Limited band practices, singing, and wind instrument concerts are allowed as long as there’s proper physical distancing, enhanced cleaning and other precautions.

Choirs can restart with maximum size limits and masks, but audience singing is still not allowed.

Alberta reported 111 new COVID-19 cases in Friday’s update and one new death.

There are 1,444 active cases with 41 in hospital and six in intensive care.

Hinshaw also says there are 29 schools where someone attended while infectious with COVID-19 and that 32 cases have been linked to those schools.

This report by the Canadian Press was first published on Sept. 11, 2020.

The Canadian Press

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#CalgaryStrong

City of Calgary Helping Local Businesses Recover from COVID-19 with Digital Main Street ShopHERE Pilot

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The City of Calgary is piloting a new initiative aimed at helping artists and small businesses recover from the impacts of COVID-19. Working with Digital Main Street to join the ShopHERE program, powered by Google, the City will aid up to 90 local businesses and artists in their transition to online stores. 

The growing digital economy of recent years has been massively accelerated by the Coronavirus pandemic, as people have increasingly turned to online alternatives and contact-less deliveries for everything from groceries to clothes to entertainment purchases. Now more than ever, for small businesses to be successful, participation in the digital economy is key. 

In May, Google Canada announced a $1 million investment for Digital Main Street to expand the Toronto-based ShopHERE program across the country. In Calgary, Digital Main Street’s ShopHERE program is now available to artists or registered small independent businesses and nonprofits that are commercial or home based, have fewer than 10 employees (25 for restaurants or bars), and are not a corporate chain or franchise.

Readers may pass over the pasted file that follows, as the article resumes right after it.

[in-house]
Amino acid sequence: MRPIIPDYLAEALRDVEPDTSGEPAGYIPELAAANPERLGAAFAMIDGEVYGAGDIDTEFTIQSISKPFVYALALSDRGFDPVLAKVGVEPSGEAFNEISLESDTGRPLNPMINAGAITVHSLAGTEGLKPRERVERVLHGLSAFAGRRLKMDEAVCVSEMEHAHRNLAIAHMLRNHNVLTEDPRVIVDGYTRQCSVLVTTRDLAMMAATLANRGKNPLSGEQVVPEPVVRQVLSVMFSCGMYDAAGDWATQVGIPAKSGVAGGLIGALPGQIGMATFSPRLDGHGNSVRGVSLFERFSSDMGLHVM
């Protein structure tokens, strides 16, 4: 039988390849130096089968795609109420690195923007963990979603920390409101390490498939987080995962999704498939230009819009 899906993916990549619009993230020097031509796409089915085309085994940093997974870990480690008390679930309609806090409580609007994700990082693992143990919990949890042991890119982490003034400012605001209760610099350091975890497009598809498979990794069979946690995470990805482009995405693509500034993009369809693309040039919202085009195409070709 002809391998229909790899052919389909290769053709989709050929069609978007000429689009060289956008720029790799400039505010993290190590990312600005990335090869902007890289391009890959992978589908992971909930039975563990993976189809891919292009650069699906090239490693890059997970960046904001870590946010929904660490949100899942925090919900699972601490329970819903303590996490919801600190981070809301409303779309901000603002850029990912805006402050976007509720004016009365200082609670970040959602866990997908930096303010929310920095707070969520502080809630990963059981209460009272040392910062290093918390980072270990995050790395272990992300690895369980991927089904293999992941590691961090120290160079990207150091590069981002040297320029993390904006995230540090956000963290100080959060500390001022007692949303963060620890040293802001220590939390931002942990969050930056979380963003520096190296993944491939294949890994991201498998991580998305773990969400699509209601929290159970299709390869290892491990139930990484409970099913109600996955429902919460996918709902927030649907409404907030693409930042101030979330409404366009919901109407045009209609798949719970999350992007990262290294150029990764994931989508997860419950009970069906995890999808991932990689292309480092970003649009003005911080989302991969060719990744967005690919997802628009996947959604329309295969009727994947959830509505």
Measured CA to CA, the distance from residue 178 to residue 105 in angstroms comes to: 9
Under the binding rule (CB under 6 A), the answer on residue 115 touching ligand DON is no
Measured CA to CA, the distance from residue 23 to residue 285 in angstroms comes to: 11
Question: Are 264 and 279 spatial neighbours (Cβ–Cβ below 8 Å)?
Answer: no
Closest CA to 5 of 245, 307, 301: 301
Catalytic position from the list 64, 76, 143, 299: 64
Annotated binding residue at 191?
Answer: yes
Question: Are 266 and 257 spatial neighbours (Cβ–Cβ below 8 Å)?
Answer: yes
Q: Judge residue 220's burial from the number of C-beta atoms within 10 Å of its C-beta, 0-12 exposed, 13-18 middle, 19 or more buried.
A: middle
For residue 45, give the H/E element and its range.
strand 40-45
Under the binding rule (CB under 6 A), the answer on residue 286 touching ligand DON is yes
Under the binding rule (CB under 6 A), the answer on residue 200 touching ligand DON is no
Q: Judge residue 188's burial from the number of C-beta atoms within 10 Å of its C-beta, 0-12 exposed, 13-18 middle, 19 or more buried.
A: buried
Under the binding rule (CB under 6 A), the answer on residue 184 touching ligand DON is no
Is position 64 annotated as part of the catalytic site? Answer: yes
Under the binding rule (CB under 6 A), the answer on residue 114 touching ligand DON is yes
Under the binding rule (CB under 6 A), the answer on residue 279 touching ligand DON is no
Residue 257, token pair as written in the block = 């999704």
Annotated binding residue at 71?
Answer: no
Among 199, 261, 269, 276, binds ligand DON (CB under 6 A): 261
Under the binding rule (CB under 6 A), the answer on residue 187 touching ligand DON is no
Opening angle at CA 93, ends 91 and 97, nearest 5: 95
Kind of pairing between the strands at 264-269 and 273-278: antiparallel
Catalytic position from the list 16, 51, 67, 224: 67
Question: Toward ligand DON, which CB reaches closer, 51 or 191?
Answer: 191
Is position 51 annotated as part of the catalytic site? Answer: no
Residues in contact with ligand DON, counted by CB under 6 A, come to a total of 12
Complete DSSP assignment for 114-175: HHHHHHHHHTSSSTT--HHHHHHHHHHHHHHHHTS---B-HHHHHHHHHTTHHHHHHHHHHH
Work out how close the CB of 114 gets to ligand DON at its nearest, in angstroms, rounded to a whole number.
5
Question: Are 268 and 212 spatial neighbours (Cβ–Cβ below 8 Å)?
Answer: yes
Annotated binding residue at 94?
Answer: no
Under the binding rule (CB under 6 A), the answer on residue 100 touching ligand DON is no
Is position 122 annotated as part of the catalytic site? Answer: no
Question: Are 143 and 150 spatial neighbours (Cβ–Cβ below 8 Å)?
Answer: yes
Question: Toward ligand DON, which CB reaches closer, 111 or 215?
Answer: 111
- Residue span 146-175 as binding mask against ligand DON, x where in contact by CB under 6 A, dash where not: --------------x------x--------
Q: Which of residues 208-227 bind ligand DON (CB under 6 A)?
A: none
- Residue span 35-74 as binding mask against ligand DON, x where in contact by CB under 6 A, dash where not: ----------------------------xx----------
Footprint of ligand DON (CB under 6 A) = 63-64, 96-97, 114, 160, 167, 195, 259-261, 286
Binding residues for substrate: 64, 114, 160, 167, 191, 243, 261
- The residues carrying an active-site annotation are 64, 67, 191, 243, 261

As a participant in the ShopHERE program, businesses will have access to hands-on assistance in setting up and launching their online stores with customized information and branding. Members will also receive digital marketing, shipping and inventory support to aid in the successful maintenance of online shops.  

Calgary Mayor Naheed Nenshi speaks on the ShopHERE program

Operating on a first come, first serve basis, the program will help up to 90 independent local businesses and artists enter the online sales sphere. “We remain optimistic and more determined than ever that technology is the toolkit for a world of opportunities,” says Sabrina Geremia, VP and Country Manager, Google Canada, “Our $1 million investment will go towards expanding the ShopHERE program nationally, so we can help small businesses across Canada navigate the challenges ahead.”

To learn more about the ShopHERE program or to apply, visit https://digitalmainstreet.ca/shophere/.

For more stories, visit Todayville Calgary.